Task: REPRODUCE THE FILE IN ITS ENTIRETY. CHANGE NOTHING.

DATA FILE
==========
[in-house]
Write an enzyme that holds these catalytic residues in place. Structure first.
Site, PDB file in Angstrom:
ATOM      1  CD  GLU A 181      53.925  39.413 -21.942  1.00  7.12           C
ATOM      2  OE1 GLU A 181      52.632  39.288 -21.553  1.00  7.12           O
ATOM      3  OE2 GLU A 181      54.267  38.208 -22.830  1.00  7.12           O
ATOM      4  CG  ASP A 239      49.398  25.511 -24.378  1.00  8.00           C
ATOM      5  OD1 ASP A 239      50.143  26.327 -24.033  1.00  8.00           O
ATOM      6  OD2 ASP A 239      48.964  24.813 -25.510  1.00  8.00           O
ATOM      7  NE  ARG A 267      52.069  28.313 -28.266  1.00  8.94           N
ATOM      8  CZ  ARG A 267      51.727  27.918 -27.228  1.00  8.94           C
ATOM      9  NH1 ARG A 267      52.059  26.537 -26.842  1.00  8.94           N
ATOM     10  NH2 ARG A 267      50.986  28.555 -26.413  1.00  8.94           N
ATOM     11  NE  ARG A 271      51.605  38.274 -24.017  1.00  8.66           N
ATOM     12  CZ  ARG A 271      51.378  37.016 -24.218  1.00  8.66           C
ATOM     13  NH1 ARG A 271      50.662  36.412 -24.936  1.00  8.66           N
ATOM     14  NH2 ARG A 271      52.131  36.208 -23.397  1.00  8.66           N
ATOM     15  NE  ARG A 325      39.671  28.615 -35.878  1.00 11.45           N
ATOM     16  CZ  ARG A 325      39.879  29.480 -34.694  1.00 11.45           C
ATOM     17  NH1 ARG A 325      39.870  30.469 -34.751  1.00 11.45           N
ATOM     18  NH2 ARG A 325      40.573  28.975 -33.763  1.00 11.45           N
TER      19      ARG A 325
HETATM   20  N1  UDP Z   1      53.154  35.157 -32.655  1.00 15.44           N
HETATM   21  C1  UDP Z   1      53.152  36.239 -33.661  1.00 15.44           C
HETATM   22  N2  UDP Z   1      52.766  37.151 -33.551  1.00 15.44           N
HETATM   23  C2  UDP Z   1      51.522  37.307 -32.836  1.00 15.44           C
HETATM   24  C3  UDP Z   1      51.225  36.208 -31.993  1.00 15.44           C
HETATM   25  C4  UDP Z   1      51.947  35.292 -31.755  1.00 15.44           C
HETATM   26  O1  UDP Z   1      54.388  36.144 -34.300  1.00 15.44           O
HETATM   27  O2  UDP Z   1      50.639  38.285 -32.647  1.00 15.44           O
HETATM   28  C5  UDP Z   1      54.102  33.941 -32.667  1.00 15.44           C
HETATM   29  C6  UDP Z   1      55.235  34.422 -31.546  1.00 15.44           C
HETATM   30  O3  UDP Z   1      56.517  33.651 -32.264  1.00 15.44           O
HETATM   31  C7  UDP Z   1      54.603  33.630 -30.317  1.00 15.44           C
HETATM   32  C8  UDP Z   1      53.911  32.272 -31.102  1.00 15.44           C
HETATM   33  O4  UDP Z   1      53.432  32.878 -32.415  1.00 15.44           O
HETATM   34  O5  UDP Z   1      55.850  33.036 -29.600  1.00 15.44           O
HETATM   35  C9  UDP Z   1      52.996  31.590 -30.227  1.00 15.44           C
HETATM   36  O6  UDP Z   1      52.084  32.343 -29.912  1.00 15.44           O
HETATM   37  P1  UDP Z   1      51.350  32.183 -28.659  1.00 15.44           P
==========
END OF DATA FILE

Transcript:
[in-house]
Write an enzyme that holds these catalytic residues in place. Structure first.
Site, PDB file in Angstrom:
ATOM      1  CD  GLU A 181      53.925  39.413 -21.942  1.00  7.12           C
ATOM      2  OE1 GLU A 181      52.632  39.288 -21.553  1.00  7.12           O
ATOM      3  OE2 GLU A 181      54.267  38.208 -22.830  1.00  7.12           O
ATOM      4  CG  ASP A 239      49.398  25.511 -24.378  1.00  8.00           C
ATOM      5  OD1 ASP A 239      50.143  26.327 -24.033  1.00  8.00           O
ATOM      6  OD2 ASP A 239      48.964  24.813 -25.510  1.00  8.00           O
ATOM      7  NE  ARG A 267      52.069  28.313 -28.266  1.00  8.94           N
ATOM      8  CZ  ARG A 267      51.727  27.918 -27.228  1.00  8.94           C
ATOM      9  NH1 ARG A 267      52.059  26.537 -26.842  1.00  8.94           N
ATOM     10  NH2 ARG A 267      50.986  28.555 -26.413  1.00  8.94           N
ATOM     11  NE  ARG A 271      51.605  38.274 -24.017  1.00  8.66           N
ATOM     12  CZ  ARG A 271      51.378  37.016 -24.218  1.00  8.66           C
ATOM     13  NH1 ARG A 271      50.662  36.412 -24.936  1.00  8.66           N
ATOM     14  NH2 ARG A 271      52.131  36.208 -23.397  1.00  8.66           N
ATOM     15  NE  ARG A 325      39.671  28.615 -35.878  1.00 11.45           N
ATOM     16  CZ  ARG A 325      39.879  29.480 -34.694  1.00 11.45           C
ATOM     17  NH1 ARG A 325      39.870  30.469 -34.751  1.00 11.45           N
ATOM     18  NH2 ARG A 325      40.573  28.975 -33.763  1.00 11.45           N
TER      19      ARG A 325
HETATM   20  N1  UDP Z   1      53.154  35.157 -32.655  1.00 15.44           N
HETATM   21  C1  UDP Z   1      53.152  36.239 -33.661  1.00 15.44           C
HETATM   22  N2  UDP Z   1      52.766  37.151 -33.551  1.00 15.44           N
HETATM   23  C2  UDP Z   1      51.522  37.307 -32.836  1.00 15.44           C
HETATM   24  C3  UDP Z   1      51.225  36.208 -31.993  1.00 15.44           C
HETATM   25  C4  UDP Z   1      51.947  35.292 -31.755  1.00 15.44           C
HETATM   26  O1  UDP Z   1      54.388  36.144 -34.300  1.00 15.44           O
HETATM   27  O2  UDP Z   1      50.639  38.285 -32.647  1.00 15.44           O
HETATM   28  C5  UDP Z   1      54.102  33.941 -32.667  1.00 15.44           C
HETATM   29  C6  UDP Z   1      55.235  34.422 -31.546  1.00 15.44           C
HETATM   30  O3  UDP Z   1      56.517  33.651 -32.264  1.00 15.44           O
HETATM   31  C7  UDP Z   1      54.603  33.630 -30.317  1.00 15.44           C
HETATM   32  C8  UDP Z   1      53.911  32.272 -31.102  1.00 15.44           C
HETATM   33  O4  UDP Z   1      53.432  32.878 -32.415  1.00 15.44           O
HETATM   34  O5  UDP Z   1      55.850  33.036 -29.600  1.00 15.44           O
HETATM   35  C9  UDP Z   1      52.996  31.590 -30.227  1.00 15.44           C
HETATM   36  O6  UDP Z   1      52.084  32.343 -29.912  1.00 15.44           O
HETATM   37  P1  UDP Z   1      51.350  32.183 -28.659  1.00 15.44           P